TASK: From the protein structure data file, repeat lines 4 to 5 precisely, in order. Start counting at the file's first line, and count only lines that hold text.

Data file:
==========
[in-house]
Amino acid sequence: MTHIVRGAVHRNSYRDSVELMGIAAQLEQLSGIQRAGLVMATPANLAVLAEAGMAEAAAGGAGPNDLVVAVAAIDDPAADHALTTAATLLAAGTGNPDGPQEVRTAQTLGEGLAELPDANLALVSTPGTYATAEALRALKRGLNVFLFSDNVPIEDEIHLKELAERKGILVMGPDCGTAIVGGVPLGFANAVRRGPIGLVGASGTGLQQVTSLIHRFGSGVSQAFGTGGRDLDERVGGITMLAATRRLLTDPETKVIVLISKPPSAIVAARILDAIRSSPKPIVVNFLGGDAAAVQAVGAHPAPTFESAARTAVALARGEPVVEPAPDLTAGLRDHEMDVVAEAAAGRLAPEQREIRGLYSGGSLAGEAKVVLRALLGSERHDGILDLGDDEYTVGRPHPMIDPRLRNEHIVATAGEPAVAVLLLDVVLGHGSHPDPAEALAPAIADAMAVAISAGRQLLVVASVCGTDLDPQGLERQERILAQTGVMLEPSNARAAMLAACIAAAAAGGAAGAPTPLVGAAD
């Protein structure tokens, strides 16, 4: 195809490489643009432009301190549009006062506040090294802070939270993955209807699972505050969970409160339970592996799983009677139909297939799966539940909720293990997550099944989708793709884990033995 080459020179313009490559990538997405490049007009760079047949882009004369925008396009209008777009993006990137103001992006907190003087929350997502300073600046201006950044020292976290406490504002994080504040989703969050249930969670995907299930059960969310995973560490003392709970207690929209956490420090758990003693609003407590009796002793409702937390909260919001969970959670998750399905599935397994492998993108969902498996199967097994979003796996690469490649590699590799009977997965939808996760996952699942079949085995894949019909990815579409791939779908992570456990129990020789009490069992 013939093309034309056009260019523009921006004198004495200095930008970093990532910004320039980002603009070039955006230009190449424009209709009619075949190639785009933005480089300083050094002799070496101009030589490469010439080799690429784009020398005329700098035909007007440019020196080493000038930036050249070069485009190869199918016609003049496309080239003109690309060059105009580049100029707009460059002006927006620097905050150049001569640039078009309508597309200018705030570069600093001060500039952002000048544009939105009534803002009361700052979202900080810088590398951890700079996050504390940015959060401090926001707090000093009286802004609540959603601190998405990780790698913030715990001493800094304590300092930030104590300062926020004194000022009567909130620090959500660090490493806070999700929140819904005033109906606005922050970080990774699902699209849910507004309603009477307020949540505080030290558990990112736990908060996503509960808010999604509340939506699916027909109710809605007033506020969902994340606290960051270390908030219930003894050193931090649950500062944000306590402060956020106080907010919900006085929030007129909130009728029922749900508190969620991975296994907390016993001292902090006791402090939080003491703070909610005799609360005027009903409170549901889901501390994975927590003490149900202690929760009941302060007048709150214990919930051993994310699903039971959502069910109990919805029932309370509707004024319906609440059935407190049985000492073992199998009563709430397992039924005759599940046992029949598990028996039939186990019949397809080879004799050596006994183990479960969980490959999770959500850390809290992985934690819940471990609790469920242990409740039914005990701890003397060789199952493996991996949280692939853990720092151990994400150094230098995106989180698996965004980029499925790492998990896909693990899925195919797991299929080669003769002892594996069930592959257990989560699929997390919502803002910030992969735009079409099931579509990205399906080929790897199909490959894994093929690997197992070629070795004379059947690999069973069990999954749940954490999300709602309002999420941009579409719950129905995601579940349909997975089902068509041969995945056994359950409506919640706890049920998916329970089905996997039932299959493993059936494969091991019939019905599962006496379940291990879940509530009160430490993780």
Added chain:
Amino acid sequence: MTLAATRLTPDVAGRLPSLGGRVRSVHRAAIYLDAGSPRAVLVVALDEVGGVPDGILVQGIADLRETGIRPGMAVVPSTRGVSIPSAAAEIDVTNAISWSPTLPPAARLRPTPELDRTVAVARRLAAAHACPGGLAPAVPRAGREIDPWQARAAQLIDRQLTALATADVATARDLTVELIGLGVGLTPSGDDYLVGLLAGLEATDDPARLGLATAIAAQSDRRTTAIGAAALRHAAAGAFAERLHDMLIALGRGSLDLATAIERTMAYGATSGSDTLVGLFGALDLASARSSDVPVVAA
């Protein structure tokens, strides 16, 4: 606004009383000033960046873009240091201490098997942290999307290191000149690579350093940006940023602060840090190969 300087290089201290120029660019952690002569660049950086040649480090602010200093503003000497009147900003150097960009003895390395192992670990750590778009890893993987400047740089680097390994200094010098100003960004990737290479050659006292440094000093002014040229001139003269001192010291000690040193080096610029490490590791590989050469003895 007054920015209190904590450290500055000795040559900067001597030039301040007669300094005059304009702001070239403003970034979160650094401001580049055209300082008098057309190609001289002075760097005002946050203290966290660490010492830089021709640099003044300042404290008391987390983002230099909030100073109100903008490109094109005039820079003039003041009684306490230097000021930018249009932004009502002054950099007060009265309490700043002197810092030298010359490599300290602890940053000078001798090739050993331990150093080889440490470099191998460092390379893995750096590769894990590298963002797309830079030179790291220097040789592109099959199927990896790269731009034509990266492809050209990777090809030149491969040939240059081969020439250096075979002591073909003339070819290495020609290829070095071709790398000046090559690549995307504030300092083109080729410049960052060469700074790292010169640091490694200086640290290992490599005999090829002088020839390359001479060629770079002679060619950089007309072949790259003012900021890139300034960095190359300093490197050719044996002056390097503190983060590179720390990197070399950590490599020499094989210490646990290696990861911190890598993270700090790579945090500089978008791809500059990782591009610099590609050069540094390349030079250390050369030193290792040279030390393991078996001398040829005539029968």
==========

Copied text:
Added chain:
Amino acid sequence: MTLAATRLTPDVAGRLPSLGGRVRSVHRAAIYLDAGSPRAVLVVALDEVGGVPDGILVQGIADLRETGIRPGMAVVPSTRGVSIPSAAAEIDVTNAISWSPTLPPAARLRPTPELDRTVAVARRLAAAHACPGGLAPAVPRAGREIDPWQARAAQLIDRQLTALATADVATARDLTVELIGLGVGLTPSGDDYLVGLLAGLEATDDPARLGLATAIAAQSDRRTTAIGAAALRHAAAGAFAERLHDMLIALGRGSLDLATAIERTMAYGATSGSDTLVGLFGALDLASARSSDVPVVAA